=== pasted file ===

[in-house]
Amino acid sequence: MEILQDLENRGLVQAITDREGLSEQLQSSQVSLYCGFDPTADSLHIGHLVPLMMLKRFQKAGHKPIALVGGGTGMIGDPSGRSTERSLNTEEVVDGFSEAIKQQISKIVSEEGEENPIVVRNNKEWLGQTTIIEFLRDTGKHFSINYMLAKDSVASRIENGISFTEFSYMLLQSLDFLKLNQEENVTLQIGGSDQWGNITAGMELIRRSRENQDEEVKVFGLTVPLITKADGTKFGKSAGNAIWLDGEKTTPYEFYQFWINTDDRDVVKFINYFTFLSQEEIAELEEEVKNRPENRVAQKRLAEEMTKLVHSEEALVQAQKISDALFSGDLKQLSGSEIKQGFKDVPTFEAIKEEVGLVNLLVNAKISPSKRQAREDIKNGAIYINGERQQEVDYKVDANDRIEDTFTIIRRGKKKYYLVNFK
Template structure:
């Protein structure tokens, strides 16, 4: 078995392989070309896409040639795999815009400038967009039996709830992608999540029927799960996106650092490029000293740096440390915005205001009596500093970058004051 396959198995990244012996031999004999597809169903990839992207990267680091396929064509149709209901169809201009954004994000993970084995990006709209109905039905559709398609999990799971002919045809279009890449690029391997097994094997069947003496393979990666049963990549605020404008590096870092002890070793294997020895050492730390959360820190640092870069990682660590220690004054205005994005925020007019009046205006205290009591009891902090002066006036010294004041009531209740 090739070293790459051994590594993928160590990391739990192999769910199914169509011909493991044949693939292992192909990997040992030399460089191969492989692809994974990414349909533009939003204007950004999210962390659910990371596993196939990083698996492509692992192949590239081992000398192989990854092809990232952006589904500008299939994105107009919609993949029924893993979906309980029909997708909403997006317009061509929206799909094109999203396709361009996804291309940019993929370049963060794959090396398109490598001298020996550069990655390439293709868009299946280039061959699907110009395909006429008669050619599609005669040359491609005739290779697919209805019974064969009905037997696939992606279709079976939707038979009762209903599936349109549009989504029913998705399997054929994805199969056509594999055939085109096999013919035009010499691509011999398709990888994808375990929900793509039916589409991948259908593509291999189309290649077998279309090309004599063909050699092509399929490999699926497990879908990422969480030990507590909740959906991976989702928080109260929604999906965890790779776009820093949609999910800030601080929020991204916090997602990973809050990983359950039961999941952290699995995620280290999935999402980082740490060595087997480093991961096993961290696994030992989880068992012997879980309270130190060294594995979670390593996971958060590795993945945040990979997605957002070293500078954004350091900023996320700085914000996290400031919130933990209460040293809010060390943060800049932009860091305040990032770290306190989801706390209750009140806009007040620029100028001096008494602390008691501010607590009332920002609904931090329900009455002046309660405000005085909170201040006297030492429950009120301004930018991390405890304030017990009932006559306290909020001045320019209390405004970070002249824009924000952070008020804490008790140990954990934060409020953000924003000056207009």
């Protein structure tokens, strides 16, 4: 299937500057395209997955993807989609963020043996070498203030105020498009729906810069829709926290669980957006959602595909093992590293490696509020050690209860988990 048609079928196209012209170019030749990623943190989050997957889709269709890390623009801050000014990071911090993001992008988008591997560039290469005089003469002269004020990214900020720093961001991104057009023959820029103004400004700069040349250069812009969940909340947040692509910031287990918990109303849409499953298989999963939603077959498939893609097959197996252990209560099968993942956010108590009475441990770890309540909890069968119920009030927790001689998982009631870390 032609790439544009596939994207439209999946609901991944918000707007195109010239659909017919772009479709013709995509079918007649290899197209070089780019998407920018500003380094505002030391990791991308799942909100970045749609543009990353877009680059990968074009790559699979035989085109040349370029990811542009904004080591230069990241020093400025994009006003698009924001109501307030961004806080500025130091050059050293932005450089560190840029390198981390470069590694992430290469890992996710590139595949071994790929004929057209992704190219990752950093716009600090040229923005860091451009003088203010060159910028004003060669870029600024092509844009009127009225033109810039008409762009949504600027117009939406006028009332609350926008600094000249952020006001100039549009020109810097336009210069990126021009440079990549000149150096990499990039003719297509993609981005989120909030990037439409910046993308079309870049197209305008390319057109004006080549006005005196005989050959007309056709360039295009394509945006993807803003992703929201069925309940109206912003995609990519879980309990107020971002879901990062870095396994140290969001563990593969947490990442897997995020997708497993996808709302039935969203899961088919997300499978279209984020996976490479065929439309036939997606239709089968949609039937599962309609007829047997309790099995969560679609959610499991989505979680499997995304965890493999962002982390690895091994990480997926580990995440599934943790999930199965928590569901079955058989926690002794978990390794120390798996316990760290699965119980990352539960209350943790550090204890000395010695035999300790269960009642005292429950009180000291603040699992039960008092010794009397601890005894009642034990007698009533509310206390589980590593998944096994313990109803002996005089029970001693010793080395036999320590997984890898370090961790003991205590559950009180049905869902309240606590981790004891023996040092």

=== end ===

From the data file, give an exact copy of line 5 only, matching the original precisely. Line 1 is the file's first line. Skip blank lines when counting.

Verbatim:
């Protein structure tokens, strides 16, 4: 299937500057395209997955993807989609963020043996070498203030105020498009729906810069829709926290669980957006959602595909093992590293490696509020050690209860988990 048609079928196209012209170019030749990623943190989050997957889709269709890390623009801050000014990071911090993001992008988008591997560039290469005089003469002269004020990214900020720093961001991104057009023959820029103004400004700069040349250069812009969940909340947040692509910031287990918990109303849409499953298989999963939603077959498939893609097959197996252990209560099968993942956010108590009475441990770890309540909890069968119920009030927790001689998982009631870390 032609790439544009596939994207439209999946609901991944918000707007195109010239659909017919772009479709013709995509079918007649290899197209070089780019998407920018500003380094505002030391990791991308799942909100970045749609543009990353877009680059990968074009790559699979035989085109040349370029990811542009904004080591230069990241020093400025994009006003698009924001109501307030961004806080500025130091050059050293932005450089560190840029390198981390470069590694992430290469890992996710590139595949071994790929004929057209992704190219990752950093716009600090040229923005860091451009003088203010060159910028004003060669870029600024092509844009009127009225033109810039008409762009949504600027117009939406006028009332609350926008600094000249952020006001100039549009020109810097336009210069990126021009440079990549000149150096990499990039003719297509993609981005989120909030990037439409910046993308079309870049197209305008390319057109004006080549006005005196005989050959007309056709360039295009394509945006993807803003992703929201069925309940109206912003995609990519879980309990107020971002879901990062870095396994140290969001563990593969947490990442897997995020997708497993996808709302039935969203899961088919997300499978279209984020996976490479065929439309036939997606239709089968949609039937599962309609007829047997309790099995969560679609959610499991989505979680499997995304965890493999962002982390690895091994990480997926580990995440599934943790999930199965928590569901079955058989926690002794978990390794120390798996316990760290699965119980990352539960209350943790550090204890000395010695035999300790269960009642005292429950009180000291603040699992039960008092010794009397601890005894009642034990007698009533509310206390589980590593998944096994313990109803002996005089029970001693010793080395036999320590997984890898370090961790003991205590559950009180049905869902309240606590981790004891023996040092």